Crusade fatigue

I don’t know why, but something about the latest Paulick Report post that turned (again) into a debate on the merits of drugging horses on race day has left me feeling defeated and fatigued. I can’t understand how an issue that seems so clear to me can be at best misunderstood and at worst defended by people who handle horses for a living. I realize that the racing industry in the United States has a multitude of problems (and yes, every racing jurisdiction has issues, including France), but I believe that banning all race-day medication in thoroughbreds would be a big step toward solving many of them. I realize that most people involved in American racing disagree with me. Usually, I don’t care, because I happily race in a country where medication is banned (and our breakdown rates are half of what they are in America).  But one of the comments in the latest debate made me lose all hope. Somebody said, basically, well, fine, you have no drugs in France, but where’s the proof that your system could work for American-style dirt racing? This smacks of so much ignorance and disrespect for the horse that I couldn’t even reply. Rather than considering changing the system to preserve the horse, this guy apparently wants trainers to inject whatever is necessary to adapt the animal to the system. And by the way, get rid of those stupid synthetic racing surfaces, too, that interfere with my timed workouts and Beyer speed figures. Who cares if a longshot breaks a leg? I just want to get my bet in.

Then there’s the veterinarian (yes, apparently a licensed vet) singing the praises of lasix. Really, it’s all too depressing. I’m actually going to America next week, where I plan to spend a day or two at Tampa Bay Downs. I’m a little afraid to go. I’m not sure what I will do when I encounter this mentality face-to-face.

Anyway, just had to vent. I’ve gone native tonight, with snails and a good Bordeaux for dinner. Somehow makes me feel more at home than the thought of a cheeseburger and a beer. Oh, and by the way, forgot to mention Chantal Sutherland. Apparently the mere mention of the sexy Santa Anita jockey will make your blog hits go through the roof. I don’t have the semi-nude photos that you can find on the Handride and Cangamble blogs, though, so you’ll have to go there next….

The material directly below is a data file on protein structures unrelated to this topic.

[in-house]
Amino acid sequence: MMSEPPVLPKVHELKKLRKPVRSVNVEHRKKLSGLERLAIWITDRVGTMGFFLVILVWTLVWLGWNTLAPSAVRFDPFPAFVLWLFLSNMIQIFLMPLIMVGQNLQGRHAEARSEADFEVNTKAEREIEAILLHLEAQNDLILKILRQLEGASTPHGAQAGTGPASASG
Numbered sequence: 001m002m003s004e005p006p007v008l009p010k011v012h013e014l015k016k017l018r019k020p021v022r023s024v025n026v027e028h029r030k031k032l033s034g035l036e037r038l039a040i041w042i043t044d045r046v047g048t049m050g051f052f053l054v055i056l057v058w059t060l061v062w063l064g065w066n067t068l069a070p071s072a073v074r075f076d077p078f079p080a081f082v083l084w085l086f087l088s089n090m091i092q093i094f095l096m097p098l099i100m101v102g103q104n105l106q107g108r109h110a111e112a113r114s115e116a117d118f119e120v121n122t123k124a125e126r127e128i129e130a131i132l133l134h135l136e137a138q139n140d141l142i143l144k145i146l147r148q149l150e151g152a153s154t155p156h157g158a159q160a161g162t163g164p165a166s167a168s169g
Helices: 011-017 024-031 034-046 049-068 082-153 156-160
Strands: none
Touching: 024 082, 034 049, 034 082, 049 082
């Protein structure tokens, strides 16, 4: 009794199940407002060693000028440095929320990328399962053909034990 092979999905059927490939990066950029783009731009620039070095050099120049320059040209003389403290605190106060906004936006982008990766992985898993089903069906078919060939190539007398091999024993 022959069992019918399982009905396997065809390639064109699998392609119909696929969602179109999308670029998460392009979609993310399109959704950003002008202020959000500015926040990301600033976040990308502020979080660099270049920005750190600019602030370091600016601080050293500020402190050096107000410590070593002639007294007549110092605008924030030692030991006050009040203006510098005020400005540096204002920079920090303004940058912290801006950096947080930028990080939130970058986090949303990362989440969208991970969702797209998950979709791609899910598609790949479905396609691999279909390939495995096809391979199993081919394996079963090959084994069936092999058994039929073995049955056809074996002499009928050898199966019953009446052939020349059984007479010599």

0 Replies to “Crusade fatigue”

  1. Gina:

    I’m blessed/cursed to be on the Board of Directors of the NY Thoroughbred Horsemen’s Association, which represents owners and trainers at NYRA tracks. At every one of our meetings — the most recent was just last night — the trainers go on ad infinitum about why we need race-day lasix, and why horses aren’t really healthier in Europe; see, in France they average only six-and-a-fraction starts per horse per year, while in the US it’s over seven. I’m not sure what this proves, since we have intense, year-round racing schedules here, compared to the somewhat more relaxed, seasonal schedules on the Continent, but, anyway, that’s the argument.

    Anyway, it IS depressing. It’ll take much tougher testing, and a few trainers who have the financial backing to train good horses in a European way before there’s any chance of changing the predominant attititude here. So where can we find you an owner with the resources to give you good horses and an off-track training center that can do thigs the right way?

  2. The problem is that the excuses are not rooted in fact. If you look at the numbers from the International Federation of Horseracing Authorities, you will see that in 2007, the most recent year figures there are available, the average number of starts in the United States was 6.2 and in France was 5.9. So already, it sounds like some trainers are talking out of their ass. We have year-round racing, too. We have owners that need to make money too. I find that most U.S. trainers making those kinds of arguments have no idea what they’re talking about.

  3. Hay Oats and Water. Fuss on them.

    I am anti race day medication and for a mandatory waiting period for after drugs are administered before racing again. I’m also pro saddle cloth timing chips and more controls over workout results. Silly me.

  4. Anthony, I was a little harsh on the numbers-happy handicappers, and I know we need you guys. For what it’s worth, I think chips in saddle cloths are way cool. We had them in Deauville this winter and I thought it was a fantastic tool. Timed workouts are alien to me; maybe if the chip technology gets cheap enough and good enough, we will end up timing things here. I can’t see it happening any time soon, though, since many trainers were not happy with the Deauville system.

  5. I don’t know how the chips are considered so expensive? It is RFID with a GPS tracker put in. If Walmart can have an RFID tag on a .99c loufa sponge, then the bloody NTRA can damn well put a tracking chip in each horse and spend the money for the track system.

    It is not that complicated.

    These trainers that swear lasix is good for horses must be the same ones who think the Earth is flat, 6000 years old and the center of the universe. The fact the NTRA has not convened a panel of physiology experts and debunked this absurd dogma, is telling.

    Snails and Bordeaux…I’m in.

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